Friday, November 7, 2014

Recreating a Vintage Smocked Dress

I got a call about a year ago (yes, I'm just now writing about it) to recreate a vintage smocked dress from the 50's.  The most interesting part about the recreated was to be used as a costume on the broadway stage!

I was asked not to mention the name of the production due to copyright infringement, however, just think Southern...None of the costume seamstresses knew how to smock!  The costume designer browsed through Etsy and found my newly opened shop and the rest is history!  I received a package containing the dress and enough silk taffeta and floss to complete the insert for a size 5 dress.

Due to Hurricane Sandy, the costumers were behind on their schedules for opening night so I agreed to complete it and return as quickly as possible.

I loved working with the silk taffeta and pleating it was a dream!

Next I blocked the piece to fit the yoke of the vintage dress I'd been given.  Since I was working with a gingham, it was easy to make sure everything stayed lined up by following the horizontal lines.  This is where things can look "wonky" if not pleated straight.  "Wonky" pleating will cause the  gingham lines to appear distorted (they even make my eyes hurt).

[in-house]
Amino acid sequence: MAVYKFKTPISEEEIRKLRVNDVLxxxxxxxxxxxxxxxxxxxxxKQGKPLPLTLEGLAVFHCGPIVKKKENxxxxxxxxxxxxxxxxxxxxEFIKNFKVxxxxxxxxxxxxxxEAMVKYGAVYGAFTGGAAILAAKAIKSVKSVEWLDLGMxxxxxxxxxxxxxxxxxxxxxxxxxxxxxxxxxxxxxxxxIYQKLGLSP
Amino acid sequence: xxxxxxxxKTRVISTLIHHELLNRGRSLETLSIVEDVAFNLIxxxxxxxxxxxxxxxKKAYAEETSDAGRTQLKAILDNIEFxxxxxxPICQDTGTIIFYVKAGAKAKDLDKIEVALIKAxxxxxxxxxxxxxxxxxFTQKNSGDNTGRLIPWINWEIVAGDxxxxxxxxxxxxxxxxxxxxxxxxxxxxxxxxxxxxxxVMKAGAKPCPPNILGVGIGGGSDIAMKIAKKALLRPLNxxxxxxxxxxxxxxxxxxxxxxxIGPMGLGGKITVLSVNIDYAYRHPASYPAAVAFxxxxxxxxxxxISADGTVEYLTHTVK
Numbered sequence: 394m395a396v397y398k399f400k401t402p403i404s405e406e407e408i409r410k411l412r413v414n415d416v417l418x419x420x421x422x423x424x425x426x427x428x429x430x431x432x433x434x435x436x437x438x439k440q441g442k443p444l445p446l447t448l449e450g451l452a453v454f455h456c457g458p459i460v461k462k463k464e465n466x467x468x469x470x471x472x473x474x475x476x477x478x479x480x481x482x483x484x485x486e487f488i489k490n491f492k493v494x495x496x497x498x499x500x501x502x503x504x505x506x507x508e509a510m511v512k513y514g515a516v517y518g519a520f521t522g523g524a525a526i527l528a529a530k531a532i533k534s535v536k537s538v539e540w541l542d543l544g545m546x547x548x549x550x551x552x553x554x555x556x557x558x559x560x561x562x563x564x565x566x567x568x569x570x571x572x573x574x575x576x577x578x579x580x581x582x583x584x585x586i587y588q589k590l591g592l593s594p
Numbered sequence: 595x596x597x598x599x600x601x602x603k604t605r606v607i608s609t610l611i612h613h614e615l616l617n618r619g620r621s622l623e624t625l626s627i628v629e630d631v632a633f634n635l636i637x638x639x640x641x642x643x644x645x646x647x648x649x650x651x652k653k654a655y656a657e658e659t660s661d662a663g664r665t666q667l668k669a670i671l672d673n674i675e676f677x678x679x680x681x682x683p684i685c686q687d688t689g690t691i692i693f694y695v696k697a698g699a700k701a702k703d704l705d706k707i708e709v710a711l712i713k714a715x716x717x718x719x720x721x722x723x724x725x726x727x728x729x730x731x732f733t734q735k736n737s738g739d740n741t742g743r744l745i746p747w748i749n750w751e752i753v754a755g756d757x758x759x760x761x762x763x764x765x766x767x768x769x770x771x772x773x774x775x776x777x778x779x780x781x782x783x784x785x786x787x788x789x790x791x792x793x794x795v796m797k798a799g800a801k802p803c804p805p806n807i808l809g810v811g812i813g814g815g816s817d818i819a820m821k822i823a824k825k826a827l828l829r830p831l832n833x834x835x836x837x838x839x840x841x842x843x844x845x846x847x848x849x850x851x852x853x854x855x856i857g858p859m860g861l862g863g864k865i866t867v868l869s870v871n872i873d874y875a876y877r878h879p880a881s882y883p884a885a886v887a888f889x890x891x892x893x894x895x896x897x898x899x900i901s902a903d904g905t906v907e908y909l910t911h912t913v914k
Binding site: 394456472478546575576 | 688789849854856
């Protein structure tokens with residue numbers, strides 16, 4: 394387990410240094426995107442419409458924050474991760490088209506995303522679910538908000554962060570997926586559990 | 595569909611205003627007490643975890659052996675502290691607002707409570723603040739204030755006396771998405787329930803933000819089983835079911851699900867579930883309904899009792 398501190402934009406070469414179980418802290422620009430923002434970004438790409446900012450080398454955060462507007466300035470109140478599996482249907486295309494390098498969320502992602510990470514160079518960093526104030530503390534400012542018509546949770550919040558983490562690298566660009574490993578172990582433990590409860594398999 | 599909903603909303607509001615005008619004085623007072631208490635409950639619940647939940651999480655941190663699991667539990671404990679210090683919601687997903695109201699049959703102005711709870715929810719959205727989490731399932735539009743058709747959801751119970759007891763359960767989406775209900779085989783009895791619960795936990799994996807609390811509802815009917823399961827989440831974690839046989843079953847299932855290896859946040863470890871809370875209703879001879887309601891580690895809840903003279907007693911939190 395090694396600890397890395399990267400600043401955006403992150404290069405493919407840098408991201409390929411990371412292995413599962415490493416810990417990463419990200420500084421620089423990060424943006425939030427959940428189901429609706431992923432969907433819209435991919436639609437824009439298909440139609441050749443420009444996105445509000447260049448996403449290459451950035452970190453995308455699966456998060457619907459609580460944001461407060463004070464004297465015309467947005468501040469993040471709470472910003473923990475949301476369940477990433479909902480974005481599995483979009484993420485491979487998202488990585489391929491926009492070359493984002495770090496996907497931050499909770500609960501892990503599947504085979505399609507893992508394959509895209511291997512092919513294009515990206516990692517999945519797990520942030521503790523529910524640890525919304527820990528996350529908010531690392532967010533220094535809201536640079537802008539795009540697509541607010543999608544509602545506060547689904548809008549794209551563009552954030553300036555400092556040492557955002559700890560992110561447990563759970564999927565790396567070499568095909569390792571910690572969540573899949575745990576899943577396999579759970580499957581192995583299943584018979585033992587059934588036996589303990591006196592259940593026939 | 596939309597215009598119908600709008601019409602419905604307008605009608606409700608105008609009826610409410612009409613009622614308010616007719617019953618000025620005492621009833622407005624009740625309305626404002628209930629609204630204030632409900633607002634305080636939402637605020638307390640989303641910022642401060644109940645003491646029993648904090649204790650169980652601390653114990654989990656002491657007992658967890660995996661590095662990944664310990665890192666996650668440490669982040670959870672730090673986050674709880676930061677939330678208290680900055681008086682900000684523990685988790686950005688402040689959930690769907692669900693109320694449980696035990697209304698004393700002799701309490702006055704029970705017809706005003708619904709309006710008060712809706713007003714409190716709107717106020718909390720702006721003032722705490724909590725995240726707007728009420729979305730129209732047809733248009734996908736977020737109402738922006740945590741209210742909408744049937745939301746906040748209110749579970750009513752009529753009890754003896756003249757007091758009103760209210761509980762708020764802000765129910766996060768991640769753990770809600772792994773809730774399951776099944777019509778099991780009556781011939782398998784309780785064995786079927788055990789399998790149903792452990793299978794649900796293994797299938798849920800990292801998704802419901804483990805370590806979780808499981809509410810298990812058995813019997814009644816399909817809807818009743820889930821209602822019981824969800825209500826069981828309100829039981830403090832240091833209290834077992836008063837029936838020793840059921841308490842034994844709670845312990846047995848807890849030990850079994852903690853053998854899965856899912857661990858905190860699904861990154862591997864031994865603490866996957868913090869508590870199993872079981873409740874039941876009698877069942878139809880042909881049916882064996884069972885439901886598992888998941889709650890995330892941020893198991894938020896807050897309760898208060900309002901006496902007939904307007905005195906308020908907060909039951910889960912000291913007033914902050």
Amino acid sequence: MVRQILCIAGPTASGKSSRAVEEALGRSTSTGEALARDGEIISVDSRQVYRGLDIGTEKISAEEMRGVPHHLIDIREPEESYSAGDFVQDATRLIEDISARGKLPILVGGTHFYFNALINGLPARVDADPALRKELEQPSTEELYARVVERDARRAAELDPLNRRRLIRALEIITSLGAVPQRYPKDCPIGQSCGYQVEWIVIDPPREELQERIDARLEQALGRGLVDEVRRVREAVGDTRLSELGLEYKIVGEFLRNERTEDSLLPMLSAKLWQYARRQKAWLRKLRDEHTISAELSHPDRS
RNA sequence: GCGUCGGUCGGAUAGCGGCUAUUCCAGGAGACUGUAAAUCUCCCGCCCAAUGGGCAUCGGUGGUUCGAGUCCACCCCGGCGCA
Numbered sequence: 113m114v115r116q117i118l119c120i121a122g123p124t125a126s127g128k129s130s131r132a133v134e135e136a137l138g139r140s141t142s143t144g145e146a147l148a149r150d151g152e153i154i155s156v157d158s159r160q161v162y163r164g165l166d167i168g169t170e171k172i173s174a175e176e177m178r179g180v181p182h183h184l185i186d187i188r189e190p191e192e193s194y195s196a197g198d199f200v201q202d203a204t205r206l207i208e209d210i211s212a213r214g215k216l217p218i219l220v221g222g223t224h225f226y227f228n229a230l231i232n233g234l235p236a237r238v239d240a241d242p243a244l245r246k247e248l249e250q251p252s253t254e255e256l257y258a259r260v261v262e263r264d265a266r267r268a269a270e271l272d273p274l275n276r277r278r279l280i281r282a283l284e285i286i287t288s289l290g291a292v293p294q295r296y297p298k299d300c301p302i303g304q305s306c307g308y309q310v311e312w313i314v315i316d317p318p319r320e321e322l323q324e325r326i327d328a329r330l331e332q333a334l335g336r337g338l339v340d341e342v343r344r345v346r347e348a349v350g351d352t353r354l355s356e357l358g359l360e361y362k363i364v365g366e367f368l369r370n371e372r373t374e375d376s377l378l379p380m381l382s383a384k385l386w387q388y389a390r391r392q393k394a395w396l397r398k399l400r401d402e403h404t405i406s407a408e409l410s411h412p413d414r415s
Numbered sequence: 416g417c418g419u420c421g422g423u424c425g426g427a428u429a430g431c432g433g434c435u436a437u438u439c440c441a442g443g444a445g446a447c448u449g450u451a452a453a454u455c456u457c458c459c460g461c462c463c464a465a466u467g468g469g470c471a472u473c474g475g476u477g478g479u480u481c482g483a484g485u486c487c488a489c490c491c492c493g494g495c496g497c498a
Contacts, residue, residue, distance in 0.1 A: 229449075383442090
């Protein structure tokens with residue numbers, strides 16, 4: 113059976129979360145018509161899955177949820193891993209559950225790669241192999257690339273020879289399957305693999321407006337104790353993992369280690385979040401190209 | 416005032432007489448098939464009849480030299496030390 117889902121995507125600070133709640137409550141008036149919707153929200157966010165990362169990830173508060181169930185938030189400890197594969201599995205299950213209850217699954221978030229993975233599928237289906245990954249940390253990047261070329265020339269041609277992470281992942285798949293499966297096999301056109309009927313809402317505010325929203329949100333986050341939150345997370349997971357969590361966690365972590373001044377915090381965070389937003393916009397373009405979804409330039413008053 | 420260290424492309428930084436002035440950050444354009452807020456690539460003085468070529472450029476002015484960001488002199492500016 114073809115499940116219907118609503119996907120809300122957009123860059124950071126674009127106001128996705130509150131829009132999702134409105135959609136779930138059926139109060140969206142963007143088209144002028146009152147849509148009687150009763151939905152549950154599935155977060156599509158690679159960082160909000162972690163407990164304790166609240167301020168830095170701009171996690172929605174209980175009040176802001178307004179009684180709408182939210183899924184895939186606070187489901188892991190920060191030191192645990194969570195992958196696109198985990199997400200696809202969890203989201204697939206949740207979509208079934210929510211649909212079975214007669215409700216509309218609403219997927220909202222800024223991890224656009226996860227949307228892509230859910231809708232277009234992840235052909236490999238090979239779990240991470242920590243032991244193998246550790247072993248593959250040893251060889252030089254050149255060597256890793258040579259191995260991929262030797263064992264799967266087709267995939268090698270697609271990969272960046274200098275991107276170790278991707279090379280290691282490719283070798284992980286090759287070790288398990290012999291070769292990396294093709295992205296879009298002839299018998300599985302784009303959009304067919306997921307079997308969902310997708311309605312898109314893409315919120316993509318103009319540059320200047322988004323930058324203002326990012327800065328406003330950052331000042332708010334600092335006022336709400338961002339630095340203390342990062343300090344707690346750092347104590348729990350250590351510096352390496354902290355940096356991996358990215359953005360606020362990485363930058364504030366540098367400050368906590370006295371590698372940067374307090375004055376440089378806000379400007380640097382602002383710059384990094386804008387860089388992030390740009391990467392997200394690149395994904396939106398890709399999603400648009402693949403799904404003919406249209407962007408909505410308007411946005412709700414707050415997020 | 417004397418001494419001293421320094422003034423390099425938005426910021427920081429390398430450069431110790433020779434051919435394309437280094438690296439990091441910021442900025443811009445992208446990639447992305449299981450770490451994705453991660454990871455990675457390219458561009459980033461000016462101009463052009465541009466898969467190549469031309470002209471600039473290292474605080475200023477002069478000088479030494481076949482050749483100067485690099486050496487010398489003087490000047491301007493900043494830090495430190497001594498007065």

Now the fun part! SMOCKING!!!! I scanned the vintage dress so I'd have a makeshift "template" that I could write on and compare to my newly pleated and blocked piece.

The vintage pink gingham dress had been designed to have the pleats "puff" between rows which required less smocking time (but more cuddly time for the Maltese babies).

Finally, the finished insert, ready to be shipped back to NYC.

******edit 11/6/14
            I never found any pictures with the costume on a little actress :( but thought with holidays coming up it might inspire someone to use an older, vintage garment to create a special Christmas dress.  Don't be afraid of taffeta or silk dupioni!  I loved smocking on it and hope to recreate more garments in the future.

Sew Happy Stitches!



  1. How fun is that! I had 2 daughters involved with the local theater and school plays...I made lots of costumes, for them other children, and it was always a thrill to see the costumes on stage. Hopefully they will have a photograph of the young actress wearing your creation and will send it you.

  2. Yes, it is rewarding to see your creations being worn--either onstage, as Halloween costumes or special occasions. Thanks for sharing!